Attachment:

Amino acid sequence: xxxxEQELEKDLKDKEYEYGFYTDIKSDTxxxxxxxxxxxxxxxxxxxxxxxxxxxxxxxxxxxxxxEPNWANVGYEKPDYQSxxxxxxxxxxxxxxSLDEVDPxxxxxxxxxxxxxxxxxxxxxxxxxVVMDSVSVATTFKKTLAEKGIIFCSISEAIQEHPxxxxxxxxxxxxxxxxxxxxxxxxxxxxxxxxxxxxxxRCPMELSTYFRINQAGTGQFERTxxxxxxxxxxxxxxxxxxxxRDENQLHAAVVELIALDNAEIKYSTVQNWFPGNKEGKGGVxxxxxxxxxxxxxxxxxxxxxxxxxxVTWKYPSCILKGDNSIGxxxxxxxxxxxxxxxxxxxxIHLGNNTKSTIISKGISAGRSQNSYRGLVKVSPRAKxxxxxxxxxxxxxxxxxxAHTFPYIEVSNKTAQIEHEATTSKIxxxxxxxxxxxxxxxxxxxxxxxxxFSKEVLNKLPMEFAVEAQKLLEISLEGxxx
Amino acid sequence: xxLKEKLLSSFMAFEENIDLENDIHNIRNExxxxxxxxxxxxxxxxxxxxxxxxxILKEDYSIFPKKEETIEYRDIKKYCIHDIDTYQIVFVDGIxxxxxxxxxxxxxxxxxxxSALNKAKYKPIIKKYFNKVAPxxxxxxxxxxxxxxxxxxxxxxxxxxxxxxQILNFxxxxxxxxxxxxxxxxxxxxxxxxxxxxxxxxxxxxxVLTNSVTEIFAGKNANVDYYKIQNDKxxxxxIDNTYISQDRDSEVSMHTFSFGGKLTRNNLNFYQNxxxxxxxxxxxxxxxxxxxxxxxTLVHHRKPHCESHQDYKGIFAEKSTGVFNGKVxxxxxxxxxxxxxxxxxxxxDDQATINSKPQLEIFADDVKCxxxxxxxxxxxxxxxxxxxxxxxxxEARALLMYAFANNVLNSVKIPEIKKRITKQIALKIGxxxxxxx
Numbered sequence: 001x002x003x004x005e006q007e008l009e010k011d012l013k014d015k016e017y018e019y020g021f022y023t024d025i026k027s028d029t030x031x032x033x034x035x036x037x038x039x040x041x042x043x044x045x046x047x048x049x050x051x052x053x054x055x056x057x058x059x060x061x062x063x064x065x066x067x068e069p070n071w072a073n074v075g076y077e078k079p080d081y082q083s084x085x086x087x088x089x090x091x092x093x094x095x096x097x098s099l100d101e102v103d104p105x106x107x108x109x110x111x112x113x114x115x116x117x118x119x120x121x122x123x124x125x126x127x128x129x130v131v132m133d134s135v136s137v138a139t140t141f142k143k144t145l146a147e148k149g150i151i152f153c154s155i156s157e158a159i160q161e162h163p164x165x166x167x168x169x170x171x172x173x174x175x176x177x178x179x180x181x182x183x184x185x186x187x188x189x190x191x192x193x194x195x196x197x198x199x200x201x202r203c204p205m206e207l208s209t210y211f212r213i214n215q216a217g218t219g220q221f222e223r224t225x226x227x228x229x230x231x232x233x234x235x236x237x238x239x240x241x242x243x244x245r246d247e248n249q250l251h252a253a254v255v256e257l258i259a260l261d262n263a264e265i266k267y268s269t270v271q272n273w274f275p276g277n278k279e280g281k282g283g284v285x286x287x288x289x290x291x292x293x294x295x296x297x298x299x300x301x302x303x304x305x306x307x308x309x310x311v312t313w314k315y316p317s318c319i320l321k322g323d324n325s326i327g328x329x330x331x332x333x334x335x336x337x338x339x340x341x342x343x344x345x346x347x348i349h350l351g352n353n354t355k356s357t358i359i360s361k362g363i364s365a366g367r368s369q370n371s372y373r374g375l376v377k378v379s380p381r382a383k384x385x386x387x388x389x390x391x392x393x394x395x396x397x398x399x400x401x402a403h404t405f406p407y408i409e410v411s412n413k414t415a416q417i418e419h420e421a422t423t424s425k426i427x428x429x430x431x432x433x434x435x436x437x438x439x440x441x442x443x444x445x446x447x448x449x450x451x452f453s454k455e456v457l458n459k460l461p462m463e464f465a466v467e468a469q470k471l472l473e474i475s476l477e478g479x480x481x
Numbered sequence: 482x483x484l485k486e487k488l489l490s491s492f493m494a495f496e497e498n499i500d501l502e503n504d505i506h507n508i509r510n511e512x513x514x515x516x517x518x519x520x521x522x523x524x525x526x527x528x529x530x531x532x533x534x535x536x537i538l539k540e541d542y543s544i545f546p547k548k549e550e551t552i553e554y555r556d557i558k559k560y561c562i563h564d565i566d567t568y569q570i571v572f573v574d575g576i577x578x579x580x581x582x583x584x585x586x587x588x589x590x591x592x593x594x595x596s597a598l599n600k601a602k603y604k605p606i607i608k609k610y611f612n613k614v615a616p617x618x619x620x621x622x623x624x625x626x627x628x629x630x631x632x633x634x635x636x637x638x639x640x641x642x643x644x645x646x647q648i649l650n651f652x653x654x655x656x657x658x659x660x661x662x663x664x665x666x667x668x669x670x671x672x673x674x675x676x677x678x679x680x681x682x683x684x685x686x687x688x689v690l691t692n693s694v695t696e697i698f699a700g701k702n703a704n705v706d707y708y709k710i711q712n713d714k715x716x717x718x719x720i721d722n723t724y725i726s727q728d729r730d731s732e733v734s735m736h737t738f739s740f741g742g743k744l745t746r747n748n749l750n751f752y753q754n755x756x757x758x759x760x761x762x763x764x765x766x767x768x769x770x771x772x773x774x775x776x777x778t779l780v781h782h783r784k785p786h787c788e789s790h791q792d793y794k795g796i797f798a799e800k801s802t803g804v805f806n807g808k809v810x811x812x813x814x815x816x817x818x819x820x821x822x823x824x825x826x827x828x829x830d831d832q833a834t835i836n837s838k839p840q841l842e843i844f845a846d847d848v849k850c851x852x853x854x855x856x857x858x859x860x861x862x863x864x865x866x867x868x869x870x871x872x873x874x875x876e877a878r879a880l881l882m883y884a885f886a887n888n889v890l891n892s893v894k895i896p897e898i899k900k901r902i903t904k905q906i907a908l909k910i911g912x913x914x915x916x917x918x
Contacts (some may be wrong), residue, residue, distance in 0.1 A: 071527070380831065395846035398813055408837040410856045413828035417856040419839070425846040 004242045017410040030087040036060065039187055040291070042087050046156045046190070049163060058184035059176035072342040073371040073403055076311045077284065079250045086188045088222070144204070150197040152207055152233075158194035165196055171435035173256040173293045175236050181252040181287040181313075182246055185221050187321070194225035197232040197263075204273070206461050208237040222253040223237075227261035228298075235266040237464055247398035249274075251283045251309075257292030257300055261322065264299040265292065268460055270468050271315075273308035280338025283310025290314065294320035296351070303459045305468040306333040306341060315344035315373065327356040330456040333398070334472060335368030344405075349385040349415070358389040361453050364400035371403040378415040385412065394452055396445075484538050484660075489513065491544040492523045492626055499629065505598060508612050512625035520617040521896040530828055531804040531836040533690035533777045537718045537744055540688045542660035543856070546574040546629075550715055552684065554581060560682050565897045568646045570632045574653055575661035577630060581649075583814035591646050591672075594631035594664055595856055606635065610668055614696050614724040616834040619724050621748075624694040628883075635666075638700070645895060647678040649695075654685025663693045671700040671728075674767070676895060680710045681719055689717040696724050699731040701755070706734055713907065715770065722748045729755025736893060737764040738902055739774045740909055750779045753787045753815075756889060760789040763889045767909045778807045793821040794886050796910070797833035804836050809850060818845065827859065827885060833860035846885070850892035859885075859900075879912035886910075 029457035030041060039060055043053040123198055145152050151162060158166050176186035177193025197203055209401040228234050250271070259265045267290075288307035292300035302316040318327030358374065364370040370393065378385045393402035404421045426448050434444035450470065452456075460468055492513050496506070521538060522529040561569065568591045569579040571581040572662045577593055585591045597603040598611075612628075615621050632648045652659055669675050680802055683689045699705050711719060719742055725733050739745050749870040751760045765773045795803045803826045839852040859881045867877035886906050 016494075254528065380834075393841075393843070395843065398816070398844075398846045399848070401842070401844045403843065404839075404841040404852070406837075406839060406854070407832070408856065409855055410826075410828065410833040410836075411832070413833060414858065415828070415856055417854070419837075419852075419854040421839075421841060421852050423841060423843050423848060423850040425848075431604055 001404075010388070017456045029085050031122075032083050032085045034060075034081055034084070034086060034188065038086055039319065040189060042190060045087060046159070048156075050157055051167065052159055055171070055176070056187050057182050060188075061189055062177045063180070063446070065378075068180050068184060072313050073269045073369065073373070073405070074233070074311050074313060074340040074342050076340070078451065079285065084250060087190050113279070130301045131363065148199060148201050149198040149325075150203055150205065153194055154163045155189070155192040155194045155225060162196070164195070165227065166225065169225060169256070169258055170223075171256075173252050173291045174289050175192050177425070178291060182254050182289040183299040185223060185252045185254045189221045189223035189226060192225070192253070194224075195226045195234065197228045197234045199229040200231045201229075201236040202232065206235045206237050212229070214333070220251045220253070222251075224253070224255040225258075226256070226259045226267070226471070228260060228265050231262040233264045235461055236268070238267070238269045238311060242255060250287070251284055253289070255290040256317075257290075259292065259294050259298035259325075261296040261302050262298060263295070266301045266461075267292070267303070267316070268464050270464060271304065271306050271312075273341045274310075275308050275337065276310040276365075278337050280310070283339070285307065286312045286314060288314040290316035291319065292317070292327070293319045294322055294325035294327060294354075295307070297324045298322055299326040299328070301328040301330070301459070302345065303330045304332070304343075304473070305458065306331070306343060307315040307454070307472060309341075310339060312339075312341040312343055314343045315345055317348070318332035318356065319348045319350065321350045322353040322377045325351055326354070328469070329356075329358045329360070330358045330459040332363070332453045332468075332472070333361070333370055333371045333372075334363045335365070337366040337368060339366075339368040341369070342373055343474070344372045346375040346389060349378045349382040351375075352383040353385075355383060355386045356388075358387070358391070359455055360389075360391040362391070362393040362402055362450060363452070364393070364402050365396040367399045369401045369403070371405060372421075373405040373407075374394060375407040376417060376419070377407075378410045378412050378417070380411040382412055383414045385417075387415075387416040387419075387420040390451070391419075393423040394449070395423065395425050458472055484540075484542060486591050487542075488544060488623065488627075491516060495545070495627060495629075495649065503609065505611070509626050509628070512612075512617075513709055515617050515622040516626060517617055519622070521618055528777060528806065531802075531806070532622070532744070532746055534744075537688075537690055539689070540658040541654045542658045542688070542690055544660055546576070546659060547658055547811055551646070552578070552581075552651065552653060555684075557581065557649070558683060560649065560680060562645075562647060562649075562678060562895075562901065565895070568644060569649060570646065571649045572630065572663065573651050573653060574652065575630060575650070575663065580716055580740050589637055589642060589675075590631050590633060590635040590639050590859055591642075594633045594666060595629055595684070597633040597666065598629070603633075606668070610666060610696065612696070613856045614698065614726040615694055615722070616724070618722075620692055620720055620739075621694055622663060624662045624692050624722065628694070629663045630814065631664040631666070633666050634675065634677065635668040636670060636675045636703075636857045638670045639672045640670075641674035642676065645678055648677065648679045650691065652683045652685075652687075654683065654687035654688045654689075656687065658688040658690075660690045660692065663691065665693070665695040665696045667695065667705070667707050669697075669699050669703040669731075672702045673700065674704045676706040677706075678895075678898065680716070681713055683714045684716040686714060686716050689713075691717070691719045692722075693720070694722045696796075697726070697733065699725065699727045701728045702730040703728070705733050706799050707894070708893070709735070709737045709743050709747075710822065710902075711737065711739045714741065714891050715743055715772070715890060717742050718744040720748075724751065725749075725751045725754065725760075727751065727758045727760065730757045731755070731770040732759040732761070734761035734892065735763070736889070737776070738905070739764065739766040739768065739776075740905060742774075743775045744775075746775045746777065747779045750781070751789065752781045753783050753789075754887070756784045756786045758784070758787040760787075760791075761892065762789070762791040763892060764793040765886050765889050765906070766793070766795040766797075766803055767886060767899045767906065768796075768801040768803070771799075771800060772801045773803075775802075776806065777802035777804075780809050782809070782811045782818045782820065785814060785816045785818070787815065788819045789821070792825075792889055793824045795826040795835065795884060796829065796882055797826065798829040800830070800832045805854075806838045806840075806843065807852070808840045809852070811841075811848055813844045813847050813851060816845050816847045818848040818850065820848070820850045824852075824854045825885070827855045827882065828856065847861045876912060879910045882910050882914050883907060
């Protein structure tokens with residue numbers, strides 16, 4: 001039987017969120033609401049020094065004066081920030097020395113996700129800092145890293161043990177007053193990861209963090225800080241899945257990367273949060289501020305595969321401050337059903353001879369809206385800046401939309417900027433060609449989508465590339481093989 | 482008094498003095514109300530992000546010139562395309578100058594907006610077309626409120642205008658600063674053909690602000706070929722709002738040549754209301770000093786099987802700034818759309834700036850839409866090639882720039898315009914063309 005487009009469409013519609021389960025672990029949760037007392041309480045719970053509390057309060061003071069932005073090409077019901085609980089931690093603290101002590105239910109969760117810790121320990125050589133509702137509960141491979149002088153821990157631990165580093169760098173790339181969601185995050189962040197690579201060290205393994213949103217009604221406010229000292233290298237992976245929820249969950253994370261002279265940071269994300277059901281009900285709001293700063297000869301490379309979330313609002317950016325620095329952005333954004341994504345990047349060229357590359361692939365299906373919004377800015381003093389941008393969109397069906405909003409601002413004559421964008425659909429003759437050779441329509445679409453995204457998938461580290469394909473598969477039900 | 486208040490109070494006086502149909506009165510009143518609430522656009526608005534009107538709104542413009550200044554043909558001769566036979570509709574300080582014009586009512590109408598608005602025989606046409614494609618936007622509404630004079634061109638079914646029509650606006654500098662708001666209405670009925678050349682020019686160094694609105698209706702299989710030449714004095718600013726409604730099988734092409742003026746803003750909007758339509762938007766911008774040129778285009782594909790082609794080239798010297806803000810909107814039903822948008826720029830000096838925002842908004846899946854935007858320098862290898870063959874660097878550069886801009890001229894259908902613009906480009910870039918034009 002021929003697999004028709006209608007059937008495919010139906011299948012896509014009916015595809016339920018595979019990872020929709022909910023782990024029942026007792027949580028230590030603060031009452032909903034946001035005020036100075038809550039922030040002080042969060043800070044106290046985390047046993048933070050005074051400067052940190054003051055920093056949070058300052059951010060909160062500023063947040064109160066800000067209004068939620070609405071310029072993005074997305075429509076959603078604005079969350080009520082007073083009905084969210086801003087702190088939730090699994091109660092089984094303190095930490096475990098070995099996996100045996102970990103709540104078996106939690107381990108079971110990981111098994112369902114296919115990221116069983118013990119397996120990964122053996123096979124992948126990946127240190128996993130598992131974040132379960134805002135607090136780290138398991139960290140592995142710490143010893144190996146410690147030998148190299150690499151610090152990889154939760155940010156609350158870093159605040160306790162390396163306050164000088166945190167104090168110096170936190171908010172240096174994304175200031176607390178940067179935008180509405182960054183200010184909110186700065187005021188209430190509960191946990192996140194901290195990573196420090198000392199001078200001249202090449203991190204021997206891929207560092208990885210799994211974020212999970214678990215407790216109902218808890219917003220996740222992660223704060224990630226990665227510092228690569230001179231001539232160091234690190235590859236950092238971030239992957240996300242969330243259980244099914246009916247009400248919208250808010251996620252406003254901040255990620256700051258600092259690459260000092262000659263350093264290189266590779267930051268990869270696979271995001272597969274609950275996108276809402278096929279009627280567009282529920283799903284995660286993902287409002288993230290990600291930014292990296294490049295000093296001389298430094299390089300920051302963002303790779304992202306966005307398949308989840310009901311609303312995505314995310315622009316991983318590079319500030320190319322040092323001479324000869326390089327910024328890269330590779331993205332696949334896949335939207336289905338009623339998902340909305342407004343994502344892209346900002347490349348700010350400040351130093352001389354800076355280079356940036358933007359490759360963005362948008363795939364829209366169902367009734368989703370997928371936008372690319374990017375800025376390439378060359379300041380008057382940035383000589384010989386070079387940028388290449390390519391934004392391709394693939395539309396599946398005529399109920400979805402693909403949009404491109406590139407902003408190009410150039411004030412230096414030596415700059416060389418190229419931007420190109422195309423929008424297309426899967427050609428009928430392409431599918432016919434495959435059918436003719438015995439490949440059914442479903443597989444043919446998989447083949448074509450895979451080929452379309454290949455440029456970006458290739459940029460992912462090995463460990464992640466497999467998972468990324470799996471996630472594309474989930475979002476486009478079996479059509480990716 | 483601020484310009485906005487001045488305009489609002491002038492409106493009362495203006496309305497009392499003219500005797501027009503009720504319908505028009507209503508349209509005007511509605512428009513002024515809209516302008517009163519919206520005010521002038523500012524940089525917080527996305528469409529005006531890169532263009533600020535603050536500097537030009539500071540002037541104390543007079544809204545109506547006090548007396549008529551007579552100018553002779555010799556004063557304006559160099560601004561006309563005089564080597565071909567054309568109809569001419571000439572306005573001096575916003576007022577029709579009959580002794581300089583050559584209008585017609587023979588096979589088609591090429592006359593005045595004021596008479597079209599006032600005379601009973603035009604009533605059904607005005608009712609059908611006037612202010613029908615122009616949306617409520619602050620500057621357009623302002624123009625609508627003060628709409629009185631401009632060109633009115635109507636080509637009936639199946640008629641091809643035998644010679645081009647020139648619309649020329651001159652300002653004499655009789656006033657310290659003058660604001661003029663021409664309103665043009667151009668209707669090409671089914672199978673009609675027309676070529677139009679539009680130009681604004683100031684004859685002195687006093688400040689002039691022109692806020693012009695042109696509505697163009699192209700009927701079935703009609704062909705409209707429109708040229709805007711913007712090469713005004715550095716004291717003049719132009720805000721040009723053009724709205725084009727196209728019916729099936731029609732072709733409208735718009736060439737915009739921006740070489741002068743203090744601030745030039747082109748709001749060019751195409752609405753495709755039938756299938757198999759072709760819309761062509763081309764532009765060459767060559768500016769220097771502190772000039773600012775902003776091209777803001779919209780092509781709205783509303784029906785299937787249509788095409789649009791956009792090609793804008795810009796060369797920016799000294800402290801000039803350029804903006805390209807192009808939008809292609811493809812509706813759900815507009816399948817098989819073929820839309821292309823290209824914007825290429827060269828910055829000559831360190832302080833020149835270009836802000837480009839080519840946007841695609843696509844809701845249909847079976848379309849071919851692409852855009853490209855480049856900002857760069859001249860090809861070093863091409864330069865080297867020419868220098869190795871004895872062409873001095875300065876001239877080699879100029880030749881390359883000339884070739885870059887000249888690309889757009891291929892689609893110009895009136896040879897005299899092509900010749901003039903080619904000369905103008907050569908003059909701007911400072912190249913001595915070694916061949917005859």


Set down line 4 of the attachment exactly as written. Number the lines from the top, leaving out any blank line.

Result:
Numbered sequence: 482x483x484l485k486e487k488l489l490s491s492f493m494a495f496e497e498n499i500d501l502e503n504d505i506h507n508i509r510n511e512x513x514x515x516x517x518x519x520x521x522x523x524x525x526x527x528x529x530x531x532x533x534x535x536x537i538l539k540e541d542y543s544i545f546p547k548k549e550e551t552i553e554y555r556d557i558k559k560y561c562i563h564d565i566d567t568y569q570i571v572f573v574d575g576i577x578x579x580x581x582x583x584x585x586x587x588x589x590x591x592x593x594x595x596s597a598l599n600k601a602k603y604k605p606i607i608k609k610y611f612n613k614v615a616p617x618x619x620x621x622x623x624x625x626x627x628x629x630x631x632x633x634x635x636x637x638x639x640x641x642x643x644x645x646x647q648i649l650n651f652x653x654x655x656x657x658x659x660x661x662x663x664x665x666x667x668x669x670x671x672x673x674x675x676x677x678x679x680x681x682x683x684x685x686x687x688x689v690l691t692n693s694v695t696e697i698f699a700g701k702n703a704n705v706d707y708y709k710i711q712n713d714k715x716x717x718x719x720i721d722n723t724y725i726s727q728d729r730d731s732e733v734s735m736h737t738f739s740f741g742g743k744l745t746r747n748n749l750n751f752y753q754n755x756x757x758x759x760x761x762x763x764x765x766x767x768x769x770x771x772x773x774x775x776x777x778t779l780v781h782h783r784k785p786h787c788e789s790h791q792d793y794k795g796i797f798a799e800k801s802t803g804v805f806n807g808k809v810x811x812x813x814x815x816x817x818x819x820x821x822x823x824x825x826x827x828x829x830d831d832q833a834t835i836n837s838k839p840q841l842e843i844f845a846d847d848v849k850c851x852x853x854x855x856x857x858x859x860x861x862x863x864x865x866x867x868x869x870x871x872x873x874x875x876e877a878r879a880l881l882m883y884a885f886a887n888n889v890l891n892s893v894k895i896p897e898i899k900k901r902i903t904k905q906i907a908l909k910i911g912x913x914x915x916x917x918x